Thursday, March 25, 2010


Rebel Yell, Alice Randall, Bloomsbury USA, 2009, 368 pp

Alice Randall is an African American writer who has written two previous novels as well as many hit country songs. She lives in Nashville, where she teaches at Vanderbilt University. In other words, she has been living a full and interesting life.

I loved reading Rebel Yell. The writing is excellent, the characters are alive and leap off the page. Her theme is the many scars left on American people of color because of slavery, racism and their fight for freedom but her story is in no way a retelling of stories already told. It is as unique as human beings are unique. Stuff happens to people in their childhoods, those people do the best they can to understand the world around them, they make choices, they pursue goals and more stuff happens. If they are lucky, they figure out a few things before they die. That is life. The people in this story happen to be descendants of slavery.

Abel Jones Jr is the son of a civil rights lawyer who grew up in the days of black churches being bombed, children he knew being killed, Martin Luther King Jr being assassinated. He wants to join the white world. Hope was Abel's first wife, a mixed race woman with a white father and black mother, who was raised by her father in a world of privilege. She wants to fully join the black world. These two trajectories draw them together and of course it doesn't work.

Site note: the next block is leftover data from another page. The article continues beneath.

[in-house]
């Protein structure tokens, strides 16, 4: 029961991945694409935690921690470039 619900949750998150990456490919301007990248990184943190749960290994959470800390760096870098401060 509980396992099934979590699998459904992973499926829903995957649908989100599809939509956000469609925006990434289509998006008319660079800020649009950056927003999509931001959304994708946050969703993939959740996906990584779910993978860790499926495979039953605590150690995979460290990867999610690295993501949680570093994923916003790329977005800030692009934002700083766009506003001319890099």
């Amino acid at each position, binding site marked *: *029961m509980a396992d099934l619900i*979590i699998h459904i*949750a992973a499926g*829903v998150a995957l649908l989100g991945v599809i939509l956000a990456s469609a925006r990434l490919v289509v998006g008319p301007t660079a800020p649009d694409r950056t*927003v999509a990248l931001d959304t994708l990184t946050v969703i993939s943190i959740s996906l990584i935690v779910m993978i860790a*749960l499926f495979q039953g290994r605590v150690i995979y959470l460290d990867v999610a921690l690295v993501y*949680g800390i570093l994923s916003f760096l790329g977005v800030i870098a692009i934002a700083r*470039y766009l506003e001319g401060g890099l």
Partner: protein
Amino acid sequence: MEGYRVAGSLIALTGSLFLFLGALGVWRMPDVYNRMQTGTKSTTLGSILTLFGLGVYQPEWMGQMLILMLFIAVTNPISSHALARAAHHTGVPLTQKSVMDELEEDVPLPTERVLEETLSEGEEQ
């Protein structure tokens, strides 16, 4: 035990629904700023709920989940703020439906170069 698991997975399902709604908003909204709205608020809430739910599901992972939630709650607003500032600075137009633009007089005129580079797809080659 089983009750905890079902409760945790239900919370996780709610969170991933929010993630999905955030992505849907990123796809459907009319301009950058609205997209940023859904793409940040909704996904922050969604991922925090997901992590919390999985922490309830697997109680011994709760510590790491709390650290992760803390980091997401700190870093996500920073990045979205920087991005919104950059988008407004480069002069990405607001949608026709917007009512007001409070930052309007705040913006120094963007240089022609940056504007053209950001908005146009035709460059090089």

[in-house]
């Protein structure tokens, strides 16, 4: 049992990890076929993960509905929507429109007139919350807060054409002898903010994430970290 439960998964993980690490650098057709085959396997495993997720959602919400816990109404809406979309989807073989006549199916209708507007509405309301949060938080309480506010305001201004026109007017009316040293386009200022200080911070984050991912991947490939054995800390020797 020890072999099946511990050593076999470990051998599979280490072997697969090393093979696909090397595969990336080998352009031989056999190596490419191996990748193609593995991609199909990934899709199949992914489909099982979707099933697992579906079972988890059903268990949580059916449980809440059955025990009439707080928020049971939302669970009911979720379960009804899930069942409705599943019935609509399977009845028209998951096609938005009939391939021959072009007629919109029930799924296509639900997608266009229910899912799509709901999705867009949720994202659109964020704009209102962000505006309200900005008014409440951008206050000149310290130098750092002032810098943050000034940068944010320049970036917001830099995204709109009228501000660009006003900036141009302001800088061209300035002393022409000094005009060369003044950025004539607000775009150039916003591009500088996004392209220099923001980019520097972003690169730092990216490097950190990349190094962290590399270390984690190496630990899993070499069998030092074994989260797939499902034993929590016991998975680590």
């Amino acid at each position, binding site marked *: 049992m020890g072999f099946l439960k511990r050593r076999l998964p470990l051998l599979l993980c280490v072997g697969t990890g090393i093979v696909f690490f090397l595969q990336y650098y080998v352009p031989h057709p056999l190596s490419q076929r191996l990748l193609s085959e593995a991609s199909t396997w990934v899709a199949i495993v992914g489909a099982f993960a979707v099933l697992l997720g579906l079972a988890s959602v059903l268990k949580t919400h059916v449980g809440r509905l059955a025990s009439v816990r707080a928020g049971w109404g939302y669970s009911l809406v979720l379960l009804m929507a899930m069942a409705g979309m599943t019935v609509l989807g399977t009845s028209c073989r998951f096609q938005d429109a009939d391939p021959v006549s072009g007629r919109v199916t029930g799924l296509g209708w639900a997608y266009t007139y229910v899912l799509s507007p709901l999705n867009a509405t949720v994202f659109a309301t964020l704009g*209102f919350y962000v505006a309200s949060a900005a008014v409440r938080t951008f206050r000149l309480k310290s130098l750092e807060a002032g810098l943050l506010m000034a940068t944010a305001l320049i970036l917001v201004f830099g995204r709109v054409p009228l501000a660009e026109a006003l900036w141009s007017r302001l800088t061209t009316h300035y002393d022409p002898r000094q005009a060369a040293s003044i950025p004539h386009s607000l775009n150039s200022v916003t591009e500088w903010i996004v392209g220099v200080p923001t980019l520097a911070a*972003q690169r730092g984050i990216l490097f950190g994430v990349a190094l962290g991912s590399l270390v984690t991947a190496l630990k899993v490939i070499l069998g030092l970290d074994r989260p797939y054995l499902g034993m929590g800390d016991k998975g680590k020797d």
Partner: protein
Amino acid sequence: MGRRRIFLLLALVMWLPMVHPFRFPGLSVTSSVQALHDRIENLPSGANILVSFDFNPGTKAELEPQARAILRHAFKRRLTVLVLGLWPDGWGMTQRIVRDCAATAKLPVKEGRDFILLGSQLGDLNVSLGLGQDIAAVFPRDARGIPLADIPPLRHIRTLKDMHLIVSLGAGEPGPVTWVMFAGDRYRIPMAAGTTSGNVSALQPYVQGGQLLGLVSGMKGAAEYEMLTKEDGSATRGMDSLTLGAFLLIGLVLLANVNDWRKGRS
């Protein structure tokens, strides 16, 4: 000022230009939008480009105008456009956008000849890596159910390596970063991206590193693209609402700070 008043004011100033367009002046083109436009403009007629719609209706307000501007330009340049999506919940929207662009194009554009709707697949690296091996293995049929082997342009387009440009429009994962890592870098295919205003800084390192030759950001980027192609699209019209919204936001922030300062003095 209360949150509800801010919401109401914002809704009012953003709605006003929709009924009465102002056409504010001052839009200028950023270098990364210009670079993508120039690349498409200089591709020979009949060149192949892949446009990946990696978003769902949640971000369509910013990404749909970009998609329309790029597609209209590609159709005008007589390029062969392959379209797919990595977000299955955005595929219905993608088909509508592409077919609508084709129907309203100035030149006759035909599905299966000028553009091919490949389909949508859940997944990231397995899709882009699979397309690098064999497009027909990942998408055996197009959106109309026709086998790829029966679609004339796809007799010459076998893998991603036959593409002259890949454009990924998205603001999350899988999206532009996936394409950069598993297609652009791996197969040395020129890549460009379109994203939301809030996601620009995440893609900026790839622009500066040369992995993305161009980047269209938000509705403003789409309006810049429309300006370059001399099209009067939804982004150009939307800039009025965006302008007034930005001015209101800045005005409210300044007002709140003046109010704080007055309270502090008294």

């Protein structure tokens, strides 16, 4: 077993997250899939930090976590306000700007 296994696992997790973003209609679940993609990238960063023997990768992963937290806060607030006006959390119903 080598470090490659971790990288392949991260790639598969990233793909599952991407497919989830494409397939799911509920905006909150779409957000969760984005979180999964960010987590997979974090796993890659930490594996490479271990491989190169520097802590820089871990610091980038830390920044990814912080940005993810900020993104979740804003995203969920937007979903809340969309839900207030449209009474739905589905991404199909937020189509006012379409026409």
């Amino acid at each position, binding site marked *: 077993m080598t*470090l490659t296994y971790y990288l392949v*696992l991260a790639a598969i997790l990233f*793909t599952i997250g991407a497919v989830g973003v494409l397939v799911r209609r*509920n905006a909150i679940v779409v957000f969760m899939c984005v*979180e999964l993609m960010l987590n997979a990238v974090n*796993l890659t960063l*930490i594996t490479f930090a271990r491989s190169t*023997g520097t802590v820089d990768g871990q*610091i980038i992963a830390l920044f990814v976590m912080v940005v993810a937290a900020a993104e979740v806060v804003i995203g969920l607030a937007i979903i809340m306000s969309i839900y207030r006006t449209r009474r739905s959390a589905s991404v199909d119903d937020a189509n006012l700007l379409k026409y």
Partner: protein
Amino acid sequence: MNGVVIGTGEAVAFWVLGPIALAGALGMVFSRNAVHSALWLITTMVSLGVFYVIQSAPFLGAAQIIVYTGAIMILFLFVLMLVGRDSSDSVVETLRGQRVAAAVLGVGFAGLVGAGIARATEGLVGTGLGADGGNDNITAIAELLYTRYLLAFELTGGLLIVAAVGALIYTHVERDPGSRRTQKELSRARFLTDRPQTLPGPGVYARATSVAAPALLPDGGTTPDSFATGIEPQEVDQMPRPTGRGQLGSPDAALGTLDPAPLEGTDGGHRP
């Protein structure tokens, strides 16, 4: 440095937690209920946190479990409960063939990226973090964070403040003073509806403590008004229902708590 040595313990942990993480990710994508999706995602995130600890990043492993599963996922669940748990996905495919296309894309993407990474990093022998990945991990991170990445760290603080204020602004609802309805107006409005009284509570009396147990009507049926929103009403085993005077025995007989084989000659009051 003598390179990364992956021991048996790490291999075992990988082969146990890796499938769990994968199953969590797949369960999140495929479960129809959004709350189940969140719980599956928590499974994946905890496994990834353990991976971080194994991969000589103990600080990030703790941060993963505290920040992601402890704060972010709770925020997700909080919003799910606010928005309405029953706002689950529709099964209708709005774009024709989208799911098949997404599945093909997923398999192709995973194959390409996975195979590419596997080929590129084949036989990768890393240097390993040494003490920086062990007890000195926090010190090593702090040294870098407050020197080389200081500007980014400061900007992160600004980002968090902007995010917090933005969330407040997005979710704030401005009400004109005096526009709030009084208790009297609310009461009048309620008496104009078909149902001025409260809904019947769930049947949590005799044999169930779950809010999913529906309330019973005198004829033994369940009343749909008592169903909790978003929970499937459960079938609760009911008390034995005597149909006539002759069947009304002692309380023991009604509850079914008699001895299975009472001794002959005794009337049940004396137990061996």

After Abel dies, Hope reaches out to various people, trying to understand what happened to herself and to Abel. If she can grasp the complexities underlying their inability to stay together despite the deep love they had for each other, she can work out how to be a good mother to the son they created.

So it is a very contemporary story set in the South, New England and Washington DC.  The war on terror, espionage and torture in modern prison camps lurk in the background like an ominous reprise to the life and times that produced these characters. The love story of Hope and Abel plays out its beginning in the wild times of the 1990s. There are characters, locations and social settings from deep inside Black culture that are unfamiliar to me, so I was aware that I wasn't totally getting all that Ms Randall was wanting to tell me. That made some passages rough going, though no different than reading books set in modern India, Pakistan, etc.

The tale shines through. I felt I was in the hands of a talent close to Toni Morrison or Margaret Atwood, making me want to read more from this author. She has captured a part of the process Americans are going through because we have slavery in our past, racism is still alive and virulent in our present and there is a long road ahead of us in rectifying those evils.

(Rebel Yell is available in hardcover by order from Once Upon A Time Bookstore. The paperback will be released in September, 2010.)

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